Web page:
Pålsson Katarina - Negotiating Heresy

Katarina Pålsson - Negotiating Heresy - The Reception of Origen in Jerome’s Eschatological Thought
Jerome of Stridon (347-419/20) is to a large extent remembered for the controversies in which he was engaged. Although his role as a theologian has not been appreciated, his work as a polemicist and defender of what he considered to be orthodox teaching has been seen as defining, as has his work on the translation of the Bible and his exegesis. What is seldom remembered is that this champion of orthodoxy was almost constantly accused of heresy and in need of defending his own views against such accusations. An important part of the problem was his relation to Origen of Alexandria (185-253/54), an author by whom Jerome was immensely influenced, and yet accused of being a heretic. During the first Origenist controversy, Jerome’s anti-Origenist heresiology contributed to the branding of Origen as an arch-heretic, and the construction of “Origenism” as a heresy.
The overall aim of this book is to contribute to a nuanced assessment of Jerome's complex relation to Origen and his thought, a relation that was characterized by reception as well as by rejection, by approval as well as by polemics. In what follows, I will give a general introduction to Jerome’s career, to the controversies in which he was engaged, and to his relationship to Origen.
The point at which Jerome came to know the theology of Origen to an extent which influenced his own work is far from obvious. Origen’s thought was highly influential in fourth century theological discussions, and above all in the area of asceticism. It has been shown that the Egyptian monasticism of the fourth century, and maybe already from the end of the third, was indebted to Origen's thought.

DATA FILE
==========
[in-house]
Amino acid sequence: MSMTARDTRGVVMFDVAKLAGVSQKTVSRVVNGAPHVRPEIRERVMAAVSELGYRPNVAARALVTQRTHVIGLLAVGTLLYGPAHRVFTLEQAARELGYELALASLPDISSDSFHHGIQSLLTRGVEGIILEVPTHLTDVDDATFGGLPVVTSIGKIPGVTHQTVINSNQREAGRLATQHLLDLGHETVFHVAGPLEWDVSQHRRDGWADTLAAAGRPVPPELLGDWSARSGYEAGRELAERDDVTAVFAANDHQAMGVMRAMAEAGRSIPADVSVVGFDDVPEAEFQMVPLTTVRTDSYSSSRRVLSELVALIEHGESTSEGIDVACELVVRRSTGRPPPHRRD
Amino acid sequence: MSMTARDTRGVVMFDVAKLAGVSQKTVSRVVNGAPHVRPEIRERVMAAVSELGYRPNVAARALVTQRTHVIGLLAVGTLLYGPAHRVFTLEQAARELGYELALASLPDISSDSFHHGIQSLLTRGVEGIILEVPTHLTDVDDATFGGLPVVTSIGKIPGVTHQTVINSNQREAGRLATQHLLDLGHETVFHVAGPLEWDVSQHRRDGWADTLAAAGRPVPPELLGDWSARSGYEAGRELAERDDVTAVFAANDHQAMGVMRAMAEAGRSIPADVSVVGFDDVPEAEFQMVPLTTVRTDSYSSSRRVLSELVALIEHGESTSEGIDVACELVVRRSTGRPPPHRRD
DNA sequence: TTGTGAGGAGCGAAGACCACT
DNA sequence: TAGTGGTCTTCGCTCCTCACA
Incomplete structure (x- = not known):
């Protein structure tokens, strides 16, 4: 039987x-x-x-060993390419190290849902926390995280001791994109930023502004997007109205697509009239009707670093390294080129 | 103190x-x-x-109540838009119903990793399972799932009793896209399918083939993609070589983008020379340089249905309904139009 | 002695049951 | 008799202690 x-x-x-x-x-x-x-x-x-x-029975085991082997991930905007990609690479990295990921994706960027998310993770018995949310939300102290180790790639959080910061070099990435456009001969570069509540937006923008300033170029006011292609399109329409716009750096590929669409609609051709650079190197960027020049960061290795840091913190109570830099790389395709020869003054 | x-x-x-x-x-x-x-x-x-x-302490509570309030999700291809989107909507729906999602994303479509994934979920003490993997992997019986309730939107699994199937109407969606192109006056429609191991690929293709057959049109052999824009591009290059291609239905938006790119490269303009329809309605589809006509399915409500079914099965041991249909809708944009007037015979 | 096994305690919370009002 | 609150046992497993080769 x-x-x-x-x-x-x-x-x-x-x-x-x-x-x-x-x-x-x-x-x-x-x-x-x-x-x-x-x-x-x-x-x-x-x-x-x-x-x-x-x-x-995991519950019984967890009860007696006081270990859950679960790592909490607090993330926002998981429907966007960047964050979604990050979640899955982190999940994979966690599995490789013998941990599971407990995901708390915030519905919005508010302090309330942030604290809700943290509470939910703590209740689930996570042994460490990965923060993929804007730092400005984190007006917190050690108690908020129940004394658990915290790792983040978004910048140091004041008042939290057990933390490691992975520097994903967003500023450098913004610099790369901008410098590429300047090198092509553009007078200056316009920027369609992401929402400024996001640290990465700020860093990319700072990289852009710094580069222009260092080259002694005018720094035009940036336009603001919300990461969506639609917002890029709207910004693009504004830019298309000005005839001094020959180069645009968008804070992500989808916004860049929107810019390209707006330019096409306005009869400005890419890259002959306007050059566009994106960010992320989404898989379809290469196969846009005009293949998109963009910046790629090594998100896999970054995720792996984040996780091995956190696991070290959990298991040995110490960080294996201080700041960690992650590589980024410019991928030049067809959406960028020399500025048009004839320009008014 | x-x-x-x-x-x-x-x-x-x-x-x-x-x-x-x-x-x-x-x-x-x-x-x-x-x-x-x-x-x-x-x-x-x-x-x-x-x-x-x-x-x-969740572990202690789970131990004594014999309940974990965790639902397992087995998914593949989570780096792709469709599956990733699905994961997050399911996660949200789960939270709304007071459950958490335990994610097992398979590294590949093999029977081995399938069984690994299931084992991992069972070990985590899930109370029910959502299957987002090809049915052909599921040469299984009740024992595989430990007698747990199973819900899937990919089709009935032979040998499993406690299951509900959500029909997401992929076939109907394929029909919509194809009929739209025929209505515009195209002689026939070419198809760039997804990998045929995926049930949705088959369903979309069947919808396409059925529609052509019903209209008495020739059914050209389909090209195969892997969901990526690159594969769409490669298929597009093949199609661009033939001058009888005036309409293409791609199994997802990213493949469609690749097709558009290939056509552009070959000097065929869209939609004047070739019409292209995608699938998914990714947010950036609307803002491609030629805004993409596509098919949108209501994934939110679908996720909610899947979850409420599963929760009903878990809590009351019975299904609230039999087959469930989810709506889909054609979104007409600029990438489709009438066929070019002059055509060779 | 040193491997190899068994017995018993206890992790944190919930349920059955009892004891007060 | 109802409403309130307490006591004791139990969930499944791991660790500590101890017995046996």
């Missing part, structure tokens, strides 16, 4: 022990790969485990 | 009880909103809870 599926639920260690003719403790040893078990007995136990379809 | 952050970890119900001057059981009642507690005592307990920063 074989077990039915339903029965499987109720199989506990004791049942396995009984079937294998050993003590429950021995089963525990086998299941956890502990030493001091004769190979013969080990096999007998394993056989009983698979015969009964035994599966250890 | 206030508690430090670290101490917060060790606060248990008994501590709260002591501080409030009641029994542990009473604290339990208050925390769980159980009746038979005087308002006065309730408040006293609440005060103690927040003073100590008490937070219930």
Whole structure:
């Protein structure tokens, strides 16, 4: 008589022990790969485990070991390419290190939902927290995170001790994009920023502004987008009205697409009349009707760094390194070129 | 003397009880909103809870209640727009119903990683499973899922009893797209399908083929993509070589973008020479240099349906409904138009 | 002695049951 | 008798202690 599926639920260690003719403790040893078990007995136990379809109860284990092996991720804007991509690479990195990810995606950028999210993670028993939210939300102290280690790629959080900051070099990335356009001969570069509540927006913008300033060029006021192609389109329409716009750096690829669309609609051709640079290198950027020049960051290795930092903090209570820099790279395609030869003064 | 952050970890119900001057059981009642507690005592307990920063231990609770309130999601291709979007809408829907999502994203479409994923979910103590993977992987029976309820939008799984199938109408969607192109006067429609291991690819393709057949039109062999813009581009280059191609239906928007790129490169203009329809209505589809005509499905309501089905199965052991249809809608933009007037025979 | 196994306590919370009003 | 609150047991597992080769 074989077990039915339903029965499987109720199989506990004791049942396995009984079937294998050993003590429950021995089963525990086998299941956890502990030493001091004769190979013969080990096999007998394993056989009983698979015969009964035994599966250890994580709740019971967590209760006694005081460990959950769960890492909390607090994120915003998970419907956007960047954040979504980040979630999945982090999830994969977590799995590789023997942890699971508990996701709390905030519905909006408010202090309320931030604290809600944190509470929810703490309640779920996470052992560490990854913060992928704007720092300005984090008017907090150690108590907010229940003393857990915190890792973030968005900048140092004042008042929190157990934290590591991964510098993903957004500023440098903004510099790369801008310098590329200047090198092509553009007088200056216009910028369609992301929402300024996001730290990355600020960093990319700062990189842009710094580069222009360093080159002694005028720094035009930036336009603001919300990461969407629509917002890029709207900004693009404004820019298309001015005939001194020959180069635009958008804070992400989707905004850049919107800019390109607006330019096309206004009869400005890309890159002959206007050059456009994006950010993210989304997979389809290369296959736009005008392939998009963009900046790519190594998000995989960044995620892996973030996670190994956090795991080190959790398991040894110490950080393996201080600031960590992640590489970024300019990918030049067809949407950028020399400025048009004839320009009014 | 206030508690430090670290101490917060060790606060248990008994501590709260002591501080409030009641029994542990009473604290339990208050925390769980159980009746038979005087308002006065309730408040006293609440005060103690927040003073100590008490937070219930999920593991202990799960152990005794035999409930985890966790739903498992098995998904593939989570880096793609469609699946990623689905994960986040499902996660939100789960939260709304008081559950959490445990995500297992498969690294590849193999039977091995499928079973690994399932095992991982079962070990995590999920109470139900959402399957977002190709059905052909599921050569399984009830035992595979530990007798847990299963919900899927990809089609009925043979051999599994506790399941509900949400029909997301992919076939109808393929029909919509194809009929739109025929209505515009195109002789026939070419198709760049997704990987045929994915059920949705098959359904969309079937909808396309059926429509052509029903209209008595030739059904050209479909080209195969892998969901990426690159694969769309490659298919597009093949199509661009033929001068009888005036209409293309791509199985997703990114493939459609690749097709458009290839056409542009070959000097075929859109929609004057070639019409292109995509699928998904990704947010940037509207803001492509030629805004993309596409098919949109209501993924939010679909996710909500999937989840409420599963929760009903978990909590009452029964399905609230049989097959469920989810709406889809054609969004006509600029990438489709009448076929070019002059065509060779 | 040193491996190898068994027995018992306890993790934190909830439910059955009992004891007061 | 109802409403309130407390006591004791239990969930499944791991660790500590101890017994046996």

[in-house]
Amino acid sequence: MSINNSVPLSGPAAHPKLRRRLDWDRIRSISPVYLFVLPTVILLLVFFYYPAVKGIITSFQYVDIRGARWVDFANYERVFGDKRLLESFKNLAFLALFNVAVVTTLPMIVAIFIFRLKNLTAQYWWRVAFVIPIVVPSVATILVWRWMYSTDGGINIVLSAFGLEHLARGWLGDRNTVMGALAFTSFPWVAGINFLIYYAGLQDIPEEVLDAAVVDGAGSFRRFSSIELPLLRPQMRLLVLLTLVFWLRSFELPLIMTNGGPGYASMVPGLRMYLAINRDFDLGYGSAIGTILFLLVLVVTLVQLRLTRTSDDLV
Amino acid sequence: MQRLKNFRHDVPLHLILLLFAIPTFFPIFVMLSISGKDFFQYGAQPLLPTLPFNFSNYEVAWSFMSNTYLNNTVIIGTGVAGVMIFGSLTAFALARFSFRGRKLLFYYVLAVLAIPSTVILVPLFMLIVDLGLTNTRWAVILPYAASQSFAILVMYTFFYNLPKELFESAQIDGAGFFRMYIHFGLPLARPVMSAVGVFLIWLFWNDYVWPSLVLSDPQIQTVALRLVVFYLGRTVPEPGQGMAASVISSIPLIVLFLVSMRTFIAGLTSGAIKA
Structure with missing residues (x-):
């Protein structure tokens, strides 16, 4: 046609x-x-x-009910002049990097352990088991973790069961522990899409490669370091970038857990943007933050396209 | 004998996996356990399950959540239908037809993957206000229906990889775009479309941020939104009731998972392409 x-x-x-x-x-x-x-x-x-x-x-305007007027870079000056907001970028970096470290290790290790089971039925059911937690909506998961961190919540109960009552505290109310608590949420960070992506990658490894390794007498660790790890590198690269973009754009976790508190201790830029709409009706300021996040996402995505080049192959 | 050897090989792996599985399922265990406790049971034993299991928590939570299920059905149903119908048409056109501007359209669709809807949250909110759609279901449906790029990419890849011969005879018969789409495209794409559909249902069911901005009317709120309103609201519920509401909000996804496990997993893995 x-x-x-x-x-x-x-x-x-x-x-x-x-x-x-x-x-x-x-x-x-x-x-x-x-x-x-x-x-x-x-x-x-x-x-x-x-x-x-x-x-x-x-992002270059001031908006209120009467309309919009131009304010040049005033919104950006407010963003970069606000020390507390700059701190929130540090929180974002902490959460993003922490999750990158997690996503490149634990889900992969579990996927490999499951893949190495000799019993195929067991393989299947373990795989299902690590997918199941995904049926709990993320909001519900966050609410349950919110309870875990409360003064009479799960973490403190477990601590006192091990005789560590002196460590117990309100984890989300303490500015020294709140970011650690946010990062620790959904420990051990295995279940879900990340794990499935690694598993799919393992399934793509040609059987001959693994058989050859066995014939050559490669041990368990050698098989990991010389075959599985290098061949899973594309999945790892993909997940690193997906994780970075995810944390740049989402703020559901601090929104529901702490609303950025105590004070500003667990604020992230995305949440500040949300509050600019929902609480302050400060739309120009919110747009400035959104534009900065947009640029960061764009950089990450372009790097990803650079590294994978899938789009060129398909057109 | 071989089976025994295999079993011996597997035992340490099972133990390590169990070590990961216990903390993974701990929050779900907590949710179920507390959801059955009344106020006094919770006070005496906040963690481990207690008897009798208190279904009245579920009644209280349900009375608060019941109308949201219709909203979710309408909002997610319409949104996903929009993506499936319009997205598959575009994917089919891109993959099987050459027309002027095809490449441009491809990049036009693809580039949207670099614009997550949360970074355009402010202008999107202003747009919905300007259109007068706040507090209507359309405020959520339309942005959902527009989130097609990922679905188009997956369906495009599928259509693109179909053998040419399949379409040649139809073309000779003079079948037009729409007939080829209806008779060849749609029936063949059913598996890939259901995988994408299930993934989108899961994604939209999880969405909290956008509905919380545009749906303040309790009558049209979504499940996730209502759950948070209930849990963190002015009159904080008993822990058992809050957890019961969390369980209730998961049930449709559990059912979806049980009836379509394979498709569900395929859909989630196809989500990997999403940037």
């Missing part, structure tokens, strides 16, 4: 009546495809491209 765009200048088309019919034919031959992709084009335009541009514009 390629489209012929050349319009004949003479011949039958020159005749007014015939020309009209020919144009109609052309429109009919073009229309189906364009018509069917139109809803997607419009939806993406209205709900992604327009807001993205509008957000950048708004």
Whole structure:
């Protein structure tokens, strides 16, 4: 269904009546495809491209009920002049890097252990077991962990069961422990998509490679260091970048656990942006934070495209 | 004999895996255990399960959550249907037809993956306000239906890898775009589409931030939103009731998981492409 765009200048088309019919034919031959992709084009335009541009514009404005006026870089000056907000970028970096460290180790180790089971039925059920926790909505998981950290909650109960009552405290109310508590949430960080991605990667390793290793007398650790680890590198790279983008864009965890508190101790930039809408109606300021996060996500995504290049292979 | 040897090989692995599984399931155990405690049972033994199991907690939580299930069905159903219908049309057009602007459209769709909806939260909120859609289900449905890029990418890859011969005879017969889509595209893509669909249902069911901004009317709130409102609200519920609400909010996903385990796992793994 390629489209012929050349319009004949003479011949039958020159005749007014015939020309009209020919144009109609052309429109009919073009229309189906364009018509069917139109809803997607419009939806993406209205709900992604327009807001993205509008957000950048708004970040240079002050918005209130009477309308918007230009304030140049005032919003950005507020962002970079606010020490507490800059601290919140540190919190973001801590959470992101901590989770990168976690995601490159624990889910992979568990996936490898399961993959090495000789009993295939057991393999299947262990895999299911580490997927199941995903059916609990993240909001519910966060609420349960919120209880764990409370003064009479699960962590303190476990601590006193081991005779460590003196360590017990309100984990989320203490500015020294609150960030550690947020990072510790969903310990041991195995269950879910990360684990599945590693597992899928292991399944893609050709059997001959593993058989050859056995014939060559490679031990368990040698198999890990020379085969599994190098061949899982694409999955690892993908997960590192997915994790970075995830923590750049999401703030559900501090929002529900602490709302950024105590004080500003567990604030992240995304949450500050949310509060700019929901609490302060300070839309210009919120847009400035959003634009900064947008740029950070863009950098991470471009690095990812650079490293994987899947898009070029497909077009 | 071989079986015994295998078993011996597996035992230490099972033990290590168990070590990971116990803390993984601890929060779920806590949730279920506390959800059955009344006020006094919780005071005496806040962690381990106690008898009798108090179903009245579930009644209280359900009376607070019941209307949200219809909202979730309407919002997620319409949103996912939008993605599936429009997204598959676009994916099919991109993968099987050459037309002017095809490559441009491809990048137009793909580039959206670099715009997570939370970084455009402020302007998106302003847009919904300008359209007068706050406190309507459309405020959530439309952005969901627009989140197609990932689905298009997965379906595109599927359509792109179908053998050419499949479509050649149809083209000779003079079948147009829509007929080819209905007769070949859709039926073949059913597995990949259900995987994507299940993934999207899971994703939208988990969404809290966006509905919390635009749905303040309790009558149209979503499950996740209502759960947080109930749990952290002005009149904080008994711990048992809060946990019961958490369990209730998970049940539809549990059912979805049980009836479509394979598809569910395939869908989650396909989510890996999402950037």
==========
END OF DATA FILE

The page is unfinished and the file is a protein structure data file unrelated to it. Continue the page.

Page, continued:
This radical form of oriental asceticism spread to the West, not least because Athanasius' Life of Antony became available for Western readers. Already at an early stage in Jerome's career, when he was still in the West, he became influenced by this ascetical tradition. During a period spent in Trier in the late 360s, he experienced some kind of conversion and came to think that the radical ascetical life was the superior way of life for a Christian. Some years later this insight resulted in a journey eastwards and a withdrawal to the desert near Antioch, where Jerome began his struggle for perfection through self-mortification. Although his stay in the desert did not last for more than two or three years, the conviction that a radical ascetical life was superior remained for the rest of Jerome’s life and was, as we will see, arguably the basic reason for his involvement in many controversies.

Katarina Pålsson - Negotiating Heresy - The Reception of Origen in Jerome’s Eschatological Thought

Lundt University, 2019. – 290 p. - DOCTORAL DISSERTATION by due permission of the Faculty of Humanities and Theology, Lund University, Sweden.
ISBN: 978-91-88899-44-6

Katarina Pålsson - Negotiating Heresy – Contents

List of Abbreviations
Chapter 1. Introduction
  • 1. Background: Jerome, Origen, and the Controversies
    • 1.1. Acquaintance with Origen and the Monastic Tradition
    • 1.2. The Jovinianist, the Origenist, and the Pelagian controversies
  • 2. Previous Research
    • 2.1. Research on Jerome in General
    • 2.2. Research on Jerome’s Eschatological Views
    • 2.3. Asceticism
  • 3. Purpose and Hypotheses
    • 3.1. Purpose
    • 3.2. Hypotheses
  • 4. Question Formulations